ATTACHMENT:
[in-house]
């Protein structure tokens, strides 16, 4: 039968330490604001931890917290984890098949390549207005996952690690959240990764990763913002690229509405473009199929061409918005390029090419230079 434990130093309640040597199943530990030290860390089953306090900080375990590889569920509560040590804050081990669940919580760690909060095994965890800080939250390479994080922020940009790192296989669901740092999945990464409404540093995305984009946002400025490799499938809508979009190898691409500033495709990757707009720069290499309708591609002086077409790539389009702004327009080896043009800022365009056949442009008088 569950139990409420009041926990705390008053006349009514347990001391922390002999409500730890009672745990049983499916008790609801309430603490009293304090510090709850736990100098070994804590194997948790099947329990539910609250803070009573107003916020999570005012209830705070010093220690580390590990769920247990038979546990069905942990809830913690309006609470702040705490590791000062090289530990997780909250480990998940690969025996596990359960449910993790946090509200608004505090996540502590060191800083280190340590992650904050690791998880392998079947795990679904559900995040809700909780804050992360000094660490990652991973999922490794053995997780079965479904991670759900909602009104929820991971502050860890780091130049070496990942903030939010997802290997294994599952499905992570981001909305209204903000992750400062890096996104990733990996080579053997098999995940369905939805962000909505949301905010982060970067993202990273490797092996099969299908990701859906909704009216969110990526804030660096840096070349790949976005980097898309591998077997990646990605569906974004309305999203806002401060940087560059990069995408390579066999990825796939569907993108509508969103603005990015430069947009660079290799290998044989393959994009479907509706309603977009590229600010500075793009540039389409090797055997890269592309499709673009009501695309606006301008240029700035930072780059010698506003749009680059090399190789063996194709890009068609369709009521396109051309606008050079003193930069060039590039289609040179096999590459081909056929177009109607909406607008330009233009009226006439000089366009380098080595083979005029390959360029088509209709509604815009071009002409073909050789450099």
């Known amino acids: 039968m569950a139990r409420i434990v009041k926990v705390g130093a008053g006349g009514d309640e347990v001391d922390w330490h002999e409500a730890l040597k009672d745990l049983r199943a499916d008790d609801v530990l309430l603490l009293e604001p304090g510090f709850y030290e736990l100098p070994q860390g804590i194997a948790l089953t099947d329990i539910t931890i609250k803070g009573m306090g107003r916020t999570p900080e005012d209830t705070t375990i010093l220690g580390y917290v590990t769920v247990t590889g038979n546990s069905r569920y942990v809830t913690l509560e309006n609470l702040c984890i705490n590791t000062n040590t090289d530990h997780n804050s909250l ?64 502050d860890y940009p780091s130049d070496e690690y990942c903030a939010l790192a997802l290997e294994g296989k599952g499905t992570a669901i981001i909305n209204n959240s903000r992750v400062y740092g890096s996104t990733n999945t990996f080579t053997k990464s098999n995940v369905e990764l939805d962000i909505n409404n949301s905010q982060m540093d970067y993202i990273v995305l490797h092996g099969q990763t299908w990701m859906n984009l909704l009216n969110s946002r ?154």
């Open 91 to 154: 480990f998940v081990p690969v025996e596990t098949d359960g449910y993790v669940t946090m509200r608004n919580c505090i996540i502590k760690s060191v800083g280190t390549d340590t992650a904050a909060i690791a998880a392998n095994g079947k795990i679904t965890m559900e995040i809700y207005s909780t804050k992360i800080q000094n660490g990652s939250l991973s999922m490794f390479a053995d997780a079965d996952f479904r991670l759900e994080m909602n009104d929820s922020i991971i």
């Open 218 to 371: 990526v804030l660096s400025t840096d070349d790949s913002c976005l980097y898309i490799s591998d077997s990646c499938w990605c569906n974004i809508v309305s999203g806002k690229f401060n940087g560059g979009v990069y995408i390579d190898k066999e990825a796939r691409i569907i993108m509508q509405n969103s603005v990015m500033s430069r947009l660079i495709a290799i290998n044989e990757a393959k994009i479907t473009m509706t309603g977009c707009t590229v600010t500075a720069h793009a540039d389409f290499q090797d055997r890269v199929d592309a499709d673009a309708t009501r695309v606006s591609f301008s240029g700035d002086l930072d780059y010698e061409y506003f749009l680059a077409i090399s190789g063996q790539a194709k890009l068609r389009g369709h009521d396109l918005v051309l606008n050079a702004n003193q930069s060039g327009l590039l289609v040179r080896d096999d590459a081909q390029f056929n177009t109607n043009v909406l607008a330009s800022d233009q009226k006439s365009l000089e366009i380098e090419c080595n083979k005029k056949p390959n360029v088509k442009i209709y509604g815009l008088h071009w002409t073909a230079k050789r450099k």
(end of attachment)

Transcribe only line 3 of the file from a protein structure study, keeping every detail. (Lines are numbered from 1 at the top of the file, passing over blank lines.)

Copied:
């Known amino acids: 039968m569950a139990r409420i434990v009041k926990v705390g130093a008053g006349g009514d309640e347990v001391d922390w330490h002999e409500a730890l040597k009672d745990l049983r199943a499916d008790d609801v530990l309430l603490l009293e604001p304090g510090f709850y030290e736990l100098p070994q860390g804590i194997a948790l089953t099947d329990i539910t931890i609250k803070g009573m306090g107003r916020t999570p900080e005012d209830t705070t375990i010093l220690g580390y917290v590990t769920v247990t590889g038979n546990s069905r569920y942990v809830t913690l509560e309006n609470l702040c984890i705490n590791t000062n040590t090289d530990h997780n804050s909250l ?64 502050d860890y940009p780091s130049d070496e690690y990942c903030a939010l790192a997802l290997e294994g296989k599952g499905t992570a669901i981001i909305n209204n959240s903000r992750v400062y740092g890096s996104t990733n999945t990996f080579t053997k990464s098999n995940v369905e990764l939805d962000i909505n409404n949301s905010q982060m540093d970067y993202i990273v995305l490797h092996g099969q990763t299908w990701m859906n984009l909704l009216n969110s946002r ?154």